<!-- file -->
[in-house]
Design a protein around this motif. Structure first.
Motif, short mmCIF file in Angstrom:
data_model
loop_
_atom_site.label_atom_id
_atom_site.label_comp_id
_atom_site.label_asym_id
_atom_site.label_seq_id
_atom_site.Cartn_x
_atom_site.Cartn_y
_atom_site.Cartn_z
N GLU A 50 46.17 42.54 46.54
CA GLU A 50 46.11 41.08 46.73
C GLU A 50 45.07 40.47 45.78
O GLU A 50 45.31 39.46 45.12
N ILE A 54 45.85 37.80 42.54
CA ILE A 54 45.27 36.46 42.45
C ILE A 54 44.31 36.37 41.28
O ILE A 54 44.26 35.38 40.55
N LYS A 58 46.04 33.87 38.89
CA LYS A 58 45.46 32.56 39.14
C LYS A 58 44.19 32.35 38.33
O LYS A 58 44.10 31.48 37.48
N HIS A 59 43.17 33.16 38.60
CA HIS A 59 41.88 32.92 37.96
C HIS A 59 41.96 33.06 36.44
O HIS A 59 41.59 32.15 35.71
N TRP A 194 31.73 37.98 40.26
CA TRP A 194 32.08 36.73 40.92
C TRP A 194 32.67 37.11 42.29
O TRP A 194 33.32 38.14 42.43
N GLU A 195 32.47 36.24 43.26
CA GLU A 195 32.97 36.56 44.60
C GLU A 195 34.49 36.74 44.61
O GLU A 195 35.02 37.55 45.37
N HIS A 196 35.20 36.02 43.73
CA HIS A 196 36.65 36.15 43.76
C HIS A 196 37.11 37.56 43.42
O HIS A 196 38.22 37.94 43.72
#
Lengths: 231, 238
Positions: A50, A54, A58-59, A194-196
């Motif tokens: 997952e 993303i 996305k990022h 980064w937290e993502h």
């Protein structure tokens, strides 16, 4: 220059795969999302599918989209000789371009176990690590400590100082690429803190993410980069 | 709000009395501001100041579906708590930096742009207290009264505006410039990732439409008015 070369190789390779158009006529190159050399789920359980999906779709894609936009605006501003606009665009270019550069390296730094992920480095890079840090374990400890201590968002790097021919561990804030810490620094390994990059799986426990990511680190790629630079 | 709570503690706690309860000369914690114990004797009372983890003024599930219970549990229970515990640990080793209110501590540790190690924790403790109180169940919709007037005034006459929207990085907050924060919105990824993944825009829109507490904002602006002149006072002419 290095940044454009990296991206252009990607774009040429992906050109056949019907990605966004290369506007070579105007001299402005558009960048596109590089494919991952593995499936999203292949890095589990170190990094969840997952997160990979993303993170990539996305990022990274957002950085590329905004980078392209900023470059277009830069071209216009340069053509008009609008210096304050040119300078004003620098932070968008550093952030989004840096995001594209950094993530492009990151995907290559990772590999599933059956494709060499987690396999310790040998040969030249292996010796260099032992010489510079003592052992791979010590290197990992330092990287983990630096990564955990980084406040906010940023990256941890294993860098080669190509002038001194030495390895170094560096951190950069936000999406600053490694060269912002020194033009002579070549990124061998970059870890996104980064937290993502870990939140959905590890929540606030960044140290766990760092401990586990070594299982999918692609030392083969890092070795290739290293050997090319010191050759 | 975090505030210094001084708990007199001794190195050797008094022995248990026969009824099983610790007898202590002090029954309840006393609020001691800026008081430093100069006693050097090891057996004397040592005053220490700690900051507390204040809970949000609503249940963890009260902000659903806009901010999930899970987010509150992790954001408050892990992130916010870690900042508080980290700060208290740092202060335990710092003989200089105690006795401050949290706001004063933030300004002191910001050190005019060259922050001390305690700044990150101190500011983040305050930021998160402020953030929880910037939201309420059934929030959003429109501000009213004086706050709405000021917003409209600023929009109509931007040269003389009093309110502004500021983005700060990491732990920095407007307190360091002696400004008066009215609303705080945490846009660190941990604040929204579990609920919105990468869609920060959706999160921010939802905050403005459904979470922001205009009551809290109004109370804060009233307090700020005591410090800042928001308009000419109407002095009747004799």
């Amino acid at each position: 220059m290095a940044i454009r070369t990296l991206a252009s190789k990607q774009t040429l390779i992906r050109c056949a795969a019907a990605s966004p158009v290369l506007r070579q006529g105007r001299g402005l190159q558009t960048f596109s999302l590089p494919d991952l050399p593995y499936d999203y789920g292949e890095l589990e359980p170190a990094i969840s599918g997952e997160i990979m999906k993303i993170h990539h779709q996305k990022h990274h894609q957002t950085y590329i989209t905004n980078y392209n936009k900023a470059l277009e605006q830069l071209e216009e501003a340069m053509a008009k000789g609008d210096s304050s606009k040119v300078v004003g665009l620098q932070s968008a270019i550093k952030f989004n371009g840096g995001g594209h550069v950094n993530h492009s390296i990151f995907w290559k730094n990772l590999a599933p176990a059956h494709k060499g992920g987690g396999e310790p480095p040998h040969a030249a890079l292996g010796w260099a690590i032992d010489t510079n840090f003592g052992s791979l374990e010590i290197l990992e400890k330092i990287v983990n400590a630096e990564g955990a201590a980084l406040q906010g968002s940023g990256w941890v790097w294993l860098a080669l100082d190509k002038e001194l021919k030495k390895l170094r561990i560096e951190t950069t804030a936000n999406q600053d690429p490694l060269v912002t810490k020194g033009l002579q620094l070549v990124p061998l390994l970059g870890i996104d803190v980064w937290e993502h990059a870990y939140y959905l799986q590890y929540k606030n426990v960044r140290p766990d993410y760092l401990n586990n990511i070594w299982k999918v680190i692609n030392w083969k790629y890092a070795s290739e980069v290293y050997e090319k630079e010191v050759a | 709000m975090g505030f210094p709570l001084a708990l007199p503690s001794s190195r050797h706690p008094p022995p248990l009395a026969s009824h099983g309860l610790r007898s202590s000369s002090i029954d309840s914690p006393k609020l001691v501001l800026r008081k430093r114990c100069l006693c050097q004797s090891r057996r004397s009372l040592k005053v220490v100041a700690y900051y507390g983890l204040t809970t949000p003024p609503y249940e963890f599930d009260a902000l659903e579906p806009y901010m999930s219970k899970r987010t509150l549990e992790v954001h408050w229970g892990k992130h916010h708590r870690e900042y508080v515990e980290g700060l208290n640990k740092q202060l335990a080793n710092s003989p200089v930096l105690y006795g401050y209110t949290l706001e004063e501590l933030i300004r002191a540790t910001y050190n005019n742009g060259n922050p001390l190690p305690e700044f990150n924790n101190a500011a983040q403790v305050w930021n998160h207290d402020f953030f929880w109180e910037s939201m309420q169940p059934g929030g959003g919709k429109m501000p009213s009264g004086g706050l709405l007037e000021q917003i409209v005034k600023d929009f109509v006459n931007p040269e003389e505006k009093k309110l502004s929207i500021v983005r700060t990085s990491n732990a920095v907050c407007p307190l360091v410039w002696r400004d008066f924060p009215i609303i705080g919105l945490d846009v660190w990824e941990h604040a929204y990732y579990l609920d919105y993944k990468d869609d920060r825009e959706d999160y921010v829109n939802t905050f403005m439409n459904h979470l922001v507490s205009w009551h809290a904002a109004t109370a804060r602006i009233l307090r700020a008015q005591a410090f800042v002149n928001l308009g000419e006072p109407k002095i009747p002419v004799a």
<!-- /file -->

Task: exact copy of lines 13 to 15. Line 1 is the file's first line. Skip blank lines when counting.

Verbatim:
N GLU A 50 46.17 42.54 46.54
CA GLU A 50 46.11 41.08 46.73
C GLU A 50 45.07 40.47 45.78